5 August, 2016 Halley
As the winterers at Halley VI look forward to seeing the sun come up above the horizon again, electrical services technician, Richard Inman describes how they’ve been coping with the long, dark days:
It seems like a long time since the last two sno-cats departed Halley VI Research Station for N9 taking the last of the summer staff to the RRS Ernest Shackleton. The buzz of activity which had become the norm since our arrival was broken, and in its place an eerie silence and calm descended. It took about a week to get used to but we were soon settling into our work routines and finding our feet for what was going to be uncharted territory for many of us.
The relentless daylight meant there were long, sleepless nights in the summer. But normal sleep patterns returned as we started to get defined nights and days. It was a joy having your body clocks re-synchronize with daylight hours leaving you feel refreshed and energetic. This lasted a couple of weeks until the darkness crept in and you found yourself progressively squinting out of the window at the previously endless white horizon, trying to pick out any sort of feature. During this transition sleep and drowsiness was not hard to come by, on a weekend what felt like a five minute snooze would turn out to be an hour and so forced routine had to become your new best friend in order to maintain a standard day. Then before you knew it ‘BOOM’ midwinter was on the doorstep and you were left wondering where the time had gone.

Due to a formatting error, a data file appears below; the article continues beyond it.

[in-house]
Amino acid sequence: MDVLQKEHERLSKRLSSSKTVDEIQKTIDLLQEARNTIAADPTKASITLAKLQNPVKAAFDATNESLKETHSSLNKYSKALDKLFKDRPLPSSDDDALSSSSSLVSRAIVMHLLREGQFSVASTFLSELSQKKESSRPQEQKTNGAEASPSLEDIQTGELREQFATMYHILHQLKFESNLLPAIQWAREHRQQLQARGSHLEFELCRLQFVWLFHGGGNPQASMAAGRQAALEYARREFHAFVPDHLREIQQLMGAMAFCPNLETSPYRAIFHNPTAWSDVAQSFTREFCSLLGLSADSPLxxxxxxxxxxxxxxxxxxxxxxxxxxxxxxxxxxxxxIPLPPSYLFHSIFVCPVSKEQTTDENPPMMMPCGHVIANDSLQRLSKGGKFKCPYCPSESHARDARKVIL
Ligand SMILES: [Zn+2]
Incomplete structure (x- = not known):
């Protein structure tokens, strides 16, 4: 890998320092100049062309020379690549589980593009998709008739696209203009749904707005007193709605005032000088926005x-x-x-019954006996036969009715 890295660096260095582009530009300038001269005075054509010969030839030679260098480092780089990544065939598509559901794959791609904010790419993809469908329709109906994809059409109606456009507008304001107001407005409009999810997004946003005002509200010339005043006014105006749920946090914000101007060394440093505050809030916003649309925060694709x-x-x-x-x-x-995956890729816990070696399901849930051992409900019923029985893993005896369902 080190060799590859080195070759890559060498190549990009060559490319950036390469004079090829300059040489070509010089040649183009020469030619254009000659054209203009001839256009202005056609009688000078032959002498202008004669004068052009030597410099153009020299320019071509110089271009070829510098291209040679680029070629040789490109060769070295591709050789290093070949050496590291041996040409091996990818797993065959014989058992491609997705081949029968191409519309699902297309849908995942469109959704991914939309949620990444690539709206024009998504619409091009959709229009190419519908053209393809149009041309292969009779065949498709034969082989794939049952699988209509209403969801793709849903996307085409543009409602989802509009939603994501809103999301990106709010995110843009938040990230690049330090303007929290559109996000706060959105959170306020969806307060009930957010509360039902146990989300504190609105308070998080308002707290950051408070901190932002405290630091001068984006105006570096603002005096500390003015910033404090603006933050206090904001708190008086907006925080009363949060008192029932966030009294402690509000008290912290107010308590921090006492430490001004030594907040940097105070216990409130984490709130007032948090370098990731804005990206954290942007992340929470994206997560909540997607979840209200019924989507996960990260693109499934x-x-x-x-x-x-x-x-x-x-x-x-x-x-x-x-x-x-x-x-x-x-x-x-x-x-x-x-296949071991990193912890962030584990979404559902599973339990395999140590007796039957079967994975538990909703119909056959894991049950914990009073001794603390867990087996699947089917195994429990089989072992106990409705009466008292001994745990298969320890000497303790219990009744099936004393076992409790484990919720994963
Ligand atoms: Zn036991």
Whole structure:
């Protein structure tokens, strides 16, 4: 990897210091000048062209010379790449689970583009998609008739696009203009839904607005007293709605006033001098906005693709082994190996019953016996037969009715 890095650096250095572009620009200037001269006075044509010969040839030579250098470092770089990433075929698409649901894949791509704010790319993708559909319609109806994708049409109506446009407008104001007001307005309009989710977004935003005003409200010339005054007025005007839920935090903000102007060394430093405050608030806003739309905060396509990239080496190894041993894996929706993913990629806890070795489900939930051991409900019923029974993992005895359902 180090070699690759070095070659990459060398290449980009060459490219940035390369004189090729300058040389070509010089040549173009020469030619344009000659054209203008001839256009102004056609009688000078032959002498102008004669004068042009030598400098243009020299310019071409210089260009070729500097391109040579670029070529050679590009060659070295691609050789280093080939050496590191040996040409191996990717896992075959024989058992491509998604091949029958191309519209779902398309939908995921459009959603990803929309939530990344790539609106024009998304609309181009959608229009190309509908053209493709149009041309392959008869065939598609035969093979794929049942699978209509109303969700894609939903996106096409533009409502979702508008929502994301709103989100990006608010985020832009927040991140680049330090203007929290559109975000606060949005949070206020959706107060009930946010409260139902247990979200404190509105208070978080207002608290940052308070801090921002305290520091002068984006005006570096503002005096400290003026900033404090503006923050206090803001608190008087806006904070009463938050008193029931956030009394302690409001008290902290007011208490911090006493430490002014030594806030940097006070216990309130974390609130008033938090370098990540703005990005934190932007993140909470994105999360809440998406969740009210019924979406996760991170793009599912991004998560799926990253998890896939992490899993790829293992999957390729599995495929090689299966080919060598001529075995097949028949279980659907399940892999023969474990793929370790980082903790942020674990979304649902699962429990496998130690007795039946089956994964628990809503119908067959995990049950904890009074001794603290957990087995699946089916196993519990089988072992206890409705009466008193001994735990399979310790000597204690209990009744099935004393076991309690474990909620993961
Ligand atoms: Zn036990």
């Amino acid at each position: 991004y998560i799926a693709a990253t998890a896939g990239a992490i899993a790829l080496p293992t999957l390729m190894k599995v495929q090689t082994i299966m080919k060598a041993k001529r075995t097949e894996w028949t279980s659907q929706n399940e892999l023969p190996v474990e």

Determined to get an appreciation for the unique environment and isolation I started taking walks outside in clear weather, windy weather, foggy weather, stormy weather and cloudy weather. A lot of the time in bad weather I’d find myself stumbling into the darkness trusting the senses to remain upright but the most significant thing I noticed when day became night was the moon. Sometimes it would momentarily skirt over the horizon, a deep orange silhouette distorted form the cold which would melt into its reflection in the snow, then when it got up in the sky it seemed to circle us for weeks at a time, so bright I wondered if it could power a solar panel.
Now the darkness is easing there is a big appreciation for the warming colors that are projected above the horizon, it’s certainly more noticeable coming out of winter. On Sunday most of us were taken by surprise as the normally black windows had some strange texture in them, you could see the wind tails of the modules and pick out the fuel drums, a few of us took it as an opportunity to get out and do some doo-sledging and skiing despite the -40 C conditions. It really helps build up the excitement for the sun-up celebrations in a week’s time.